A clinical trial testing Paxlovid’s preventive potency against long COVID is still needed. Kit Longley, a spokesperson for Pfizer, told me in an email that the company doesn’t currently have one planned, though it is “continuing to monitor data from our clinical studies and real-world evidence.” (The company is collaborating with a research group at Stanford to study Paxlovid in new clinical contexts, but they’re looking at whether the pills might treat long COVID that’s already developed. The RECOVER trial, a large NIH-funded study on long COVID, is also focusing its current studies on treatment.) But given the meager uptake rates for Paxlovid even among those in high-risk groups, Al-Aly thinks his new data could already serve a useful purpose: providing people with extra motivation to take the drug.
The case for adding metformin to the anti-COVID tool kit might be a bit muddier. The drug isn’t the most intuitive medication to deploy against a respiratory virus, and despite its widespread use among diabetics, its exact effects on the body remain nebulous, says Stacey Schultz-Cherry, a virologist at St. Jude Children’s Research Hospital. But there are many reasons to believe it might be useful. Some research has shown that metformin can mess with the manufacture of viral proteins inside of human cells, Bramante told me, which may impede the ability of SARS-CoV-2 and other pathogens to reproduce. The drug also appears to rev up the disease-dueling powers of certain immune cells, and to stave off inflammation. Studies have shown that metformin can improve responses to certain vaccinations in humans and rodents, and researchers have found that people taking the drug seem less likely to get seriously sick from influenza. Even the diabetes-coronavirus connection may not be so tenuous: Metabolic disease is a risk factor for severe COVID; infection itself can put blood-sugar levels on the fritz. It’s certainly plausible that having a metabolically altered body, Schultz-Cherry told me, could make infections worse.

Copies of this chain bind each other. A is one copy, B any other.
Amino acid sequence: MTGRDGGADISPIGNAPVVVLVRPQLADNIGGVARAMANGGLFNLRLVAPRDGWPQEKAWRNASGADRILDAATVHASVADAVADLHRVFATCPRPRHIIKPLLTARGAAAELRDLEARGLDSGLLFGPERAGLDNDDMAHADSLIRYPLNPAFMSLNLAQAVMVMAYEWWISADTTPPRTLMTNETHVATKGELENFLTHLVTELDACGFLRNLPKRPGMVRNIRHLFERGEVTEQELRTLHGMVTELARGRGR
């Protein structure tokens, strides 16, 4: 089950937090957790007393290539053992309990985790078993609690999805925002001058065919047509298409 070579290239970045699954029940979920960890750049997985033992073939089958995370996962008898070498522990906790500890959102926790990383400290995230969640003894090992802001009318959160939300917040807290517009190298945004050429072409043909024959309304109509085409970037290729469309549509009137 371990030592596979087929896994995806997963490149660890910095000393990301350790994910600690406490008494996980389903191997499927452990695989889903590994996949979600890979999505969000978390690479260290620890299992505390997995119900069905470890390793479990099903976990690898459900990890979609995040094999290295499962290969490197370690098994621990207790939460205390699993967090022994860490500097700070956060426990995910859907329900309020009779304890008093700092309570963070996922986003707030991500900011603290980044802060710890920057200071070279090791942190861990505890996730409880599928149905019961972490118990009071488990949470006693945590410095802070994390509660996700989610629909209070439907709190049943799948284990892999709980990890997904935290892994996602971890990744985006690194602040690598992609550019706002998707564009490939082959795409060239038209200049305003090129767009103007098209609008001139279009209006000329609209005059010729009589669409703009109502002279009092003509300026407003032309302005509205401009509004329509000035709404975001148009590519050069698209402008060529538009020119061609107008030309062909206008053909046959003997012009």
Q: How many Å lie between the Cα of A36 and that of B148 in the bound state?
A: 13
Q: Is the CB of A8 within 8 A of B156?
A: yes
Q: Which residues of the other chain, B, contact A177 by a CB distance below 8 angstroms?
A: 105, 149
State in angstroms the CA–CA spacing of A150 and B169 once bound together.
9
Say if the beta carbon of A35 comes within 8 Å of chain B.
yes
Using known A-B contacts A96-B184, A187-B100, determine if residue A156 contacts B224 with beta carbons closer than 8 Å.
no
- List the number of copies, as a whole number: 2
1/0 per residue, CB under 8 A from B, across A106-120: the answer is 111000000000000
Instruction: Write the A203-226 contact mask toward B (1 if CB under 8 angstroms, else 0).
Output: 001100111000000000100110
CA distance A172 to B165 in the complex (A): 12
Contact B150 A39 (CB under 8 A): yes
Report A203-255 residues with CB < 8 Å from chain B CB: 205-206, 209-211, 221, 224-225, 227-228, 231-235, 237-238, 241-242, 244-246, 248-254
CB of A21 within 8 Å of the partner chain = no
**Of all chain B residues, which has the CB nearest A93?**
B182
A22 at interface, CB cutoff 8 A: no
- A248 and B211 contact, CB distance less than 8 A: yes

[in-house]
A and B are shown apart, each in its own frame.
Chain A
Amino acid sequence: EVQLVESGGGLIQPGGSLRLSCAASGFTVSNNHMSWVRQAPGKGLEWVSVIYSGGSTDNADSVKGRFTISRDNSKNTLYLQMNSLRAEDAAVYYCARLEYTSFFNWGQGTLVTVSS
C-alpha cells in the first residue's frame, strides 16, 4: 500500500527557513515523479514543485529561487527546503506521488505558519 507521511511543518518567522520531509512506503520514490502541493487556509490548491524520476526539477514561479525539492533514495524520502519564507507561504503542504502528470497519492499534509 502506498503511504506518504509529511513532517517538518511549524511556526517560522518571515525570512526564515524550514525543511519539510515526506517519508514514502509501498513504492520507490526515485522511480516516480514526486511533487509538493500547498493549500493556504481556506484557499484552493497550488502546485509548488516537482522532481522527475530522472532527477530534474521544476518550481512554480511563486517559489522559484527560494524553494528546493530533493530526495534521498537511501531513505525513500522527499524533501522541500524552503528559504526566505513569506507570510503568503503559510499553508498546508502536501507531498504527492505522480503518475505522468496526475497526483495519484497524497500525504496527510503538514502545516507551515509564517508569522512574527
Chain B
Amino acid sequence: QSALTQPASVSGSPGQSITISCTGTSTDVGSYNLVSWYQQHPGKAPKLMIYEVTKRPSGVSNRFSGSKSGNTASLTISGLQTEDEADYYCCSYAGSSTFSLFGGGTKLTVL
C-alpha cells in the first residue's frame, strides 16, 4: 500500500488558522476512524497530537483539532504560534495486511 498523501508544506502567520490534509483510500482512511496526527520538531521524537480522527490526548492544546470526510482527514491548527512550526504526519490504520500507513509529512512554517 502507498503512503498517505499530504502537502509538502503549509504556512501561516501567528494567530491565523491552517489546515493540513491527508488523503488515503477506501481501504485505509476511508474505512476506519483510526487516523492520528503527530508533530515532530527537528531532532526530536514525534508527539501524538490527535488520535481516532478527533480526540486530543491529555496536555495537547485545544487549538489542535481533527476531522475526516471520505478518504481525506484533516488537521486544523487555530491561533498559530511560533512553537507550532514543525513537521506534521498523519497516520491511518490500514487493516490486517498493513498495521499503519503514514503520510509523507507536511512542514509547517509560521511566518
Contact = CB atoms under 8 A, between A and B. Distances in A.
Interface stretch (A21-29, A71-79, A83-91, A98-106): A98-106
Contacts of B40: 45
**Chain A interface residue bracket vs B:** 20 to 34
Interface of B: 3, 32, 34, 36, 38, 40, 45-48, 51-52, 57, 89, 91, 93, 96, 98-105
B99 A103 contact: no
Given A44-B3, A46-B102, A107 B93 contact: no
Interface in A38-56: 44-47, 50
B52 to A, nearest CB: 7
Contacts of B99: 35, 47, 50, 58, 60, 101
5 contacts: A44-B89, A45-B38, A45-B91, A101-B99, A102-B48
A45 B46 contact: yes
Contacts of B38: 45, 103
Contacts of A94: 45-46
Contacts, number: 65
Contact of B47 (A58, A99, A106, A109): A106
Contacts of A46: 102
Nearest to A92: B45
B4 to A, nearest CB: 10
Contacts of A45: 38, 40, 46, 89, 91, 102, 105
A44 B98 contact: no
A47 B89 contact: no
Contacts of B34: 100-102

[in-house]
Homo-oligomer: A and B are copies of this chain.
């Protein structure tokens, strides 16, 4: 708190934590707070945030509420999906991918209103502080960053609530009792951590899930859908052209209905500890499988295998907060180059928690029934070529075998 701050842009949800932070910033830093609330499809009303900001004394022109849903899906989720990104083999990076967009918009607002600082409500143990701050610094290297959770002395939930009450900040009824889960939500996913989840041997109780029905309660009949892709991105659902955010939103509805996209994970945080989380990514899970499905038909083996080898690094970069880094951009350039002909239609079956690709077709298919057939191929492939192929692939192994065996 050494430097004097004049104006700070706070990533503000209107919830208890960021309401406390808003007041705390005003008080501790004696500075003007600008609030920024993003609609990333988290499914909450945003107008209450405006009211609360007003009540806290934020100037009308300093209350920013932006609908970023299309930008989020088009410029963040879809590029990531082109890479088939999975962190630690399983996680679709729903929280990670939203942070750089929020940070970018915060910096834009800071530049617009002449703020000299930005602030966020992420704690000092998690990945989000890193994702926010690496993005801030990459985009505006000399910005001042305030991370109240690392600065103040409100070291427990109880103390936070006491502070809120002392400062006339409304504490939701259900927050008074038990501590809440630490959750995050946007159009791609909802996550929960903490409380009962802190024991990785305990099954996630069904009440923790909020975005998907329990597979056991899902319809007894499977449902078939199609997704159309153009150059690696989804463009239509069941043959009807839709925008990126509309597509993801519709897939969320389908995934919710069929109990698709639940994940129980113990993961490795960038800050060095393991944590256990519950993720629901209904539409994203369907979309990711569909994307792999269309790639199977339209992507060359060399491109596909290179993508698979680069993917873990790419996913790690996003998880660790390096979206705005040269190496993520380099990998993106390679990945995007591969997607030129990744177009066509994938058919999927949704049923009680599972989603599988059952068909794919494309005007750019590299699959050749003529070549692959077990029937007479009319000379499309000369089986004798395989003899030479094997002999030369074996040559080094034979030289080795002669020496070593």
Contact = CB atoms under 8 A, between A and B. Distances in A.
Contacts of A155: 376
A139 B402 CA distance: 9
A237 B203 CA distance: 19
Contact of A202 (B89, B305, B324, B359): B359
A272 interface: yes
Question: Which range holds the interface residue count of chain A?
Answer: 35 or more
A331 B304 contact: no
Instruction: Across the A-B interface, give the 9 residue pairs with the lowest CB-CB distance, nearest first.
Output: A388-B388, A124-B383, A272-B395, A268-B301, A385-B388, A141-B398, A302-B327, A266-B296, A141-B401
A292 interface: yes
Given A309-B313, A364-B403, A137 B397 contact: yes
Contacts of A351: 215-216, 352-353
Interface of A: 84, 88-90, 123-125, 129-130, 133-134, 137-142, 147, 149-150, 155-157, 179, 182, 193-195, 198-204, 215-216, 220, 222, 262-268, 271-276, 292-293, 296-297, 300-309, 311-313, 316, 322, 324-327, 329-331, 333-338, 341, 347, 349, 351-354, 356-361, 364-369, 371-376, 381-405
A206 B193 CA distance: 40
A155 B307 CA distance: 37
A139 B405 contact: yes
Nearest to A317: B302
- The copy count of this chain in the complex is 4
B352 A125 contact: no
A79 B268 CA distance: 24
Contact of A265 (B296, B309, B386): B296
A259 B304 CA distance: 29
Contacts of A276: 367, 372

But the evidence that metformin helps prevent long COVID remains sparse. Carolyn Bramante, the scientist who led the metformin study, told me that when her team first set out in 2020 to investigate the drug’s effects on SARS-CoV-2 infections in a randomized, clinical trial, long COVID wasn’t really on their radar. Like many others in their field, they were hoping to repurpose established medicines to keep infected people out of the hospital; early studies of metformin—as well as the two other drugs in their trial, the antidepressant fluvoxamine and the antiparasitic ivermectin—hinted that they’d work. Ironically, two years later, their story flipped around. A large analysis, published last summer, showed that none of the three drugs were stellar at preventing severe COVID in the short term—a disappointing result (though Bramante contends that their data still indicate that metformin does some good). Then, when Bramante and her colleagues examined their data again, they found that study participants that had taken metformin for two weeks around the start of their illness were 42 percent less likely to have a long-COVID diagnosis from their doctor nearly a year down the road. David Boulware, an infectious-disease physician who helped lead the work, considers that degree of reduction pretty decent: “Is it 100 percent? No,” he told me. “But it’s better than zero.”